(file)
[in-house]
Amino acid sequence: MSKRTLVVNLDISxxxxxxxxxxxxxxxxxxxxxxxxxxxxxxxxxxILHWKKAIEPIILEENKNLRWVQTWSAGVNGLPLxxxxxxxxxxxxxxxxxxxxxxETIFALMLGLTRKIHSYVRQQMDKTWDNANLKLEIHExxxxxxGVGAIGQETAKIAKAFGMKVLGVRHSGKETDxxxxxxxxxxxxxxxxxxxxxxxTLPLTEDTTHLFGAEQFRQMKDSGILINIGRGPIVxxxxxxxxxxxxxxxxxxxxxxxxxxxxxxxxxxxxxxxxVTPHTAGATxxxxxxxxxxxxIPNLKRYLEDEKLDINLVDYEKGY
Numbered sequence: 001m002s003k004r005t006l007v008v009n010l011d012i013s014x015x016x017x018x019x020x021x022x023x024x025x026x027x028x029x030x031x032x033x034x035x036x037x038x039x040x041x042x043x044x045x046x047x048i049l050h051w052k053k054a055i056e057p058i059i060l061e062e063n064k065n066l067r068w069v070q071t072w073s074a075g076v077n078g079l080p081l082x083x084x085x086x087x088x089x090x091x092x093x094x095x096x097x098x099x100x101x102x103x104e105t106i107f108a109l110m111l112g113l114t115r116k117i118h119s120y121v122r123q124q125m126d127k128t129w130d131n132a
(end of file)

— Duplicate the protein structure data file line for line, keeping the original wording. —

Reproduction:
[in-house]
Amino acid sequence: MSKRTLVVNLDISxxxxxxxxxxxxxxxxxxxxxxxxxxxxxxxxxxILHWKKAIEPIILEENKNLRWVQTWSAGVNGLPLxxxxxxxxxxxxxxxxxxxxxxETIFALMLGLTRKIHSYVRQQMDKTWDNANLKLEIHExxxxxxGVGAIGQETAKIAKAFGMKVLGVRHSGKETDxxxxxxxxxxxxxxxxxxxxxxxTLPLTEDTTHLFGAEQFRQMKDSGILINIGRGPIVxxxxxxxxxxxxxxxxxxxxxxxxxxxxxxxxxxxxxxxxVTPHTAGATxxxxxxxxxxxxIPNLKRYLEDEKLDINLVDYEKGY
Numbered sequence: 001m002s003k004r005t006l007v008v009n010l011d012i013s014x015x016x017x018x019x020x021x022x023x024x025x026x027x028x029x030x031x032x033x034x035x036x037x038x039x040x041x042x043x044x045x046x047x048i049l050h051w052k053k054a055i056e057p058i059i060l061e062e063n064k065n066l067r068w069v070q071t072w073s074a075g076v077n078g079l080p081l082x083x084x085x086x087x088x089x090x091x092x093x094x095x096x097x098x099x100x101x102x103x104e105t106i107f108a109l110m111l112g113l114t115r116k117i118h119s120y121v122r123q124q125m126d127k128t129w130d131n132a